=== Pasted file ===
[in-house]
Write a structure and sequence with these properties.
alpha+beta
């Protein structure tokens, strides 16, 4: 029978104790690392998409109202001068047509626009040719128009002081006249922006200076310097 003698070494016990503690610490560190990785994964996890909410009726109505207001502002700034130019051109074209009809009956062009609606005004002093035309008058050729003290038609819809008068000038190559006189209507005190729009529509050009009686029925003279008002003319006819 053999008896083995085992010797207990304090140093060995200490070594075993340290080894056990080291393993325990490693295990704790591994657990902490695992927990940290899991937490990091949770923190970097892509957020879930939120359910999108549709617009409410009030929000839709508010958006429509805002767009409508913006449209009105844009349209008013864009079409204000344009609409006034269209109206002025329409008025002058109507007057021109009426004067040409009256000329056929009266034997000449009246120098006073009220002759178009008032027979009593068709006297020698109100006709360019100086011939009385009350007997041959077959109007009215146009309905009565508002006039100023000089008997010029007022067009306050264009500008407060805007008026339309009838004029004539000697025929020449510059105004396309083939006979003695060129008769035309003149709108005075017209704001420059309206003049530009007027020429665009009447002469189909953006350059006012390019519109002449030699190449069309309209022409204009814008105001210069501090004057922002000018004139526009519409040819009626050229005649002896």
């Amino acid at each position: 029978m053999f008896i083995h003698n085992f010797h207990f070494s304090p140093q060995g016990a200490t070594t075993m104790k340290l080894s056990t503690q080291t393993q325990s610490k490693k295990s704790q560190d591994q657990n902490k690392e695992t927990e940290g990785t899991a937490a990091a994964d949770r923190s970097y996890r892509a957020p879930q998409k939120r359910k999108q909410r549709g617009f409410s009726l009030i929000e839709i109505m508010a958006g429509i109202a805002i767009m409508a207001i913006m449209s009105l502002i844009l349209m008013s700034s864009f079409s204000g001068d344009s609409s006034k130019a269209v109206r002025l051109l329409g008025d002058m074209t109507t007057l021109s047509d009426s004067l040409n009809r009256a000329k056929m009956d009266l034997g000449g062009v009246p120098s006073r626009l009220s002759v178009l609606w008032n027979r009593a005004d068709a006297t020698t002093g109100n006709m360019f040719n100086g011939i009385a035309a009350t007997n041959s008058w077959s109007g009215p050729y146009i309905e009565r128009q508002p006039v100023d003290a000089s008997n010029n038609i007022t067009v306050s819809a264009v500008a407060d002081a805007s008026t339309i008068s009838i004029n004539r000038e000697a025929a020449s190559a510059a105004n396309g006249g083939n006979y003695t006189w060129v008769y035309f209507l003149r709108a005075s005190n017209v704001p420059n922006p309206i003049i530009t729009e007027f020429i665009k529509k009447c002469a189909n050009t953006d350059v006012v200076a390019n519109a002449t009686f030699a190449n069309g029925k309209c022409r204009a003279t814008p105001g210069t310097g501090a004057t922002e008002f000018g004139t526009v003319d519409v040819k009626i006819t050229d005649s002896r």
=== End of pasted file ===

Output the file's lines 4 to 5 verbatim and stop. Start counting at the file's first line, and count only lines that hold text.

């Protein structure tokens, strides 16, 4: 029978104790690392998409109202001068047509626009040719128009002081006249922006200076310097 003698070494016990503690610490560190990785994964996890909410009726109505207001502002700034130019051109074209009809009956062009609606005004002093035309008058050729003290038609819809008068000038190559006189209507005190729009529509050009009686029925003279008002003319006819 053999008896083995085992010797207990304090140093060995200490070594075993340290080894056990080291393993325990490693295990704790591994657990902490695992927990940290899991937490990091949770923190970097892509957020879930939120359910999108549709617009409410009030929000839709508010958006429509805002767009409508913006449209009105844009349209008013864009079409204000344009609409006034269209109206002025329409008025002058109507007057021109009426004067040409009256000329056929009266034997000449009246120098006073009220002759178009008032027979009593068709006297020698109100006709360019100086011939009385009350007997041959077959109007009215146009309905009565508002006039100023000089008997010029007022067009306050264009500008407060805007008026339309009838004029004539000697025929020449510059105004396309083939006979003695060129008769035309003149709108005075017209704001420059309206003049530009007027020429665009009447002469189909953006350059006012390019519109002449030699190449069309309209022409204009814008105001210069501090004057922002000018004139526009519409040819009626050229005649002896």
């Amino acid at each position: 029978m053999f008896i083995h003698n085992f010797h207990f070494s304090p140093q060995g016990a200490t070594t075993m104790k340290l080894s056990t503690q080291t393993q325990s610490k490693k295990s704790q560190d591994q657990n902490k690392e695992t927990e940290g990785t899991a937490a990091a994964d949770r923190s970097y996890r892509a957020p879930q998409k939120r359910k999108q909410r549709g617009f409410s009726l009030i929000e839709i109505m508010a958006g429509i109202a805002i767009m409508a207001i913006m449209s009105l502002i844009l349209m008013s700034s864009f079409s204000g001068d344009s609409s006034k130019a269209v109206r002025l051109l329409g008025d002058m074209t109507t007057l021109s047509d009426s004067l040409n009809r009256a000329k056929m009956d009266l034997g000449g062009v009246p120098s006073r626009l009220s002759v178009l609606w008032n027979r009593a005004d068709a006297t020698t002093g109100n006709m360019f040719n100086g011939i009385a035309a009350t007997n041959s008058w077959s109007g009215p050729y146009i309905e009565r128009q508002p006039v100023d003290a000089s008997n010029n038609i007022t067009v306050s819809a264009v500008a407060d002081a805007s008026t339309i008068s009838i004029n004539r000038e000697a025929a020449s190559a510059a105004n396309g006249g083939n006979y003695t006189w060129v008769y035309f209507l003149r709108a005075s005190n017209v704001p420059n922006p309206i003049i530009t729009e007027f020429i665009k529509k009447c002469a189909n050009t953006d350059v006012v200076a390019n519109a002449t009686f030699a190449n069309g029925k309209c022409r204009a003279t814008p105001g210069t310097g501090a004057t922002e008002f000018g004139t526009v003319d519409v040819k009626i006819t050229d005649s002896r």